God’s will will be done, no matter if you choose willingly to be a part of it or not, He will use you to bring glory to Himself. As I was driving back to my apartment today, which is coincidently about a stone’s throw away from the other one, I found myself thinking “How tragic would it be to be used of God to show His supreme justice and never see His glory; to have been a part of a divine and eternal tapestry who’s pattern you would never know.”
I went to the gym tonight for the first time in a week… I rarely go 24 hrs without going to the gym. But a month ago I found out I had mono and so I have been struggling to get my eyes open every morning. I haven’t had the energy to do much else besides breath and move from my bed to the couch.
Now I know what you are thinking: “Isn’t that the kissing disease?” Technically, you can get it from kissing, or you can get from any number of other things. So no, I didn’t get it from kissing anyone. I have kept my lips to myself, thank you very much. Although I will go ahead and admit that I would prefer saying that I did get it from kissing someone because it’s makes for a better story than not. That’s neither here nor there. Moving on.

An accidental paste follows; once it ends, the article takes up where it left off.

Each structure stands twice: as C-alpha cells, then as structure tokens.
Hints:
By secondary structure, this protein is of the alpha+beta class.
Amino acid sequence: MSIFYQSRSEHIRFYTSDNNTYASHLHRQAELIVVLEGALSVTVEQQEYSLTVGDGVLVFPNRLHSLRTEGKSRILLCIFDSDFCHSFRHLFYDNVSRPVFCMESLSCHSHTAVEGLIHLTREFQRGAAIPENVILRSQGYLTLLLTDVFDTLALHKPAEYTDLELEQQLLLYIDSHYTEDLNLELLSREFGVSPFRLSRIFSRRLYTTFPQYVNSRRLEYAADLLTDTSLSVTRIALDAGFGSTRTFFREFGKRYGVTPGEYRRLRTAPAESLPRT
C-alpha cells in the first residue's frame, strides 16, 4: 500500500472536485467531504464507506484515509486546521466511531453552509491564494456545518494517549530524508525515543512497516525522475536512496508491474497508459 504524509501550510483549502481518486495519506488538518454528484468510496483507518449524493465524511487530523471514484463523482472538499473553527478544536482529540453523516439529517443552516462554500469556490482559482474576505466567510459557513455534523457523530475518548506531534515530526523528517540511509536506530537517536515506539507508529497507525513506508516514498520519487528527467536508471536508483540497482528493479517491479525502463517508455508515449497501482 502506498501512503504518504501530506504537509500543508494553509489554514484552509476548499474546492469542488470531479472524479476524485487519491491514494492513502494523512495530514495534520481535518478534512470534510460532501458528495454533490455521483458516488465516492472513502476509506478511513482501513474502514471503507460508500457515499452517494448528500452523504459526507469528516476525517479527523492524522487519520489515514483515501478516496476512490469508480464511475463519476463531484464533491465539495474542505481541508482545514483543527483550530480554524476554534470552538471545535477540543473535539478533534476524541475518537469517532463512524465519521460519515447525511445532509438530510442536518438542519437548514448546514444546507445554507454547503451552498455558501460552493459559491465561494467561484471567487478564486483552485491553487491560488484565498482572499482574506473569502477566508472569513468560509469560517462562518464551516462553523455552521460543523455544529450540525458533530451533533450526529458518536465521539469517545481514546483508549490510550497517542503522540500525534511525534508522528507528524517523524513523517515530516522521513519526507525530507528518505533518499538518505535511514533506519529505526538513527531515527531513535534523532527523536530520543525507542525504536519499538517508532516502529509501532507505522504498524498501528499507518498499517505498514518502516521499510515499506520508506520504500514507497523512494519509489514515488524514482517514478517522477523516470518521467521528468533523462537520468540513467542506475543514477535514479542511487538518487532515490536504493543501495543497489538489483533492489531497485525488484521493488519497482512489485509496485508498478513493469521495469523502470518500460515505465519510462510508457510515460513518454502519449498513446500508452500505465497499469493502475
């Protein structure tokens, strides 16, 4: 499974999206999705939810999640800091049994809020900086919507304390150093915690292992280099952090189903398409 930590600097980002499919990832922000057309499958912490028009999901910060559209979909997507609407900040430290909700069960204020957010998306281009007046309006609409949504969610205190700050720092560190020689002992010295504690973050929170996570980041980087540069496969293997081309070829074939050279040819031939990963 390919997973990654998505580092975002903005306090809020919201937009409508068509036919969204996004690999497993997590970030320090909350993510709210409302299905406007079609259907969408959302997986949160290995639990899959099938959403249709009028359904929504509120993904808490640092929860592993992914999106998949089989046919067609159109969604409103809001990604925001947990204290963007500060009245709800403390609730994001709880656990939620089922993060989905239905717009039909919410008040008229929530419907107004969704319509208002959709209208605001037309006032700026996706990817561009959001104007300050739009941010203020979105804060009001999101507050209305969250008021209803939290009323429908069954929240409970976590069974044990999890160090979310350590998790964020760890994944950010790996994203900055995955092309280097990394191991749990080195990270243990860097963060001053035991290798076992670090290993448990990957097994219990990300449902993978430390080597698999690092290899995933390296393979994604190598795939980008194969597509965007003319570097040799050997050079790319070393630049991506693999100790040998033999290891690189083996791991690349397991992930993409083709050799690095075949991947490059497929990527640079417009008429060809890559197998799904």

While walking (at the pace of a sloth) on the treadmill tonight, I was listening to a sermon, as usual, by Matt Chandler who is the pastor of the Village Church in Dallas, TX. The sermon that I landed on this evening was called “A Theology of Struggle,” and if you have read any of my earliest post, you know that is not only something I write on often, but something that I tend to dive into instead of run away from.
Tonight’s sermon hit on the some new thoughts that I had not yet arrived at myself and I felt compelled to write them here for… because… because it’s a blog and that’ what you do.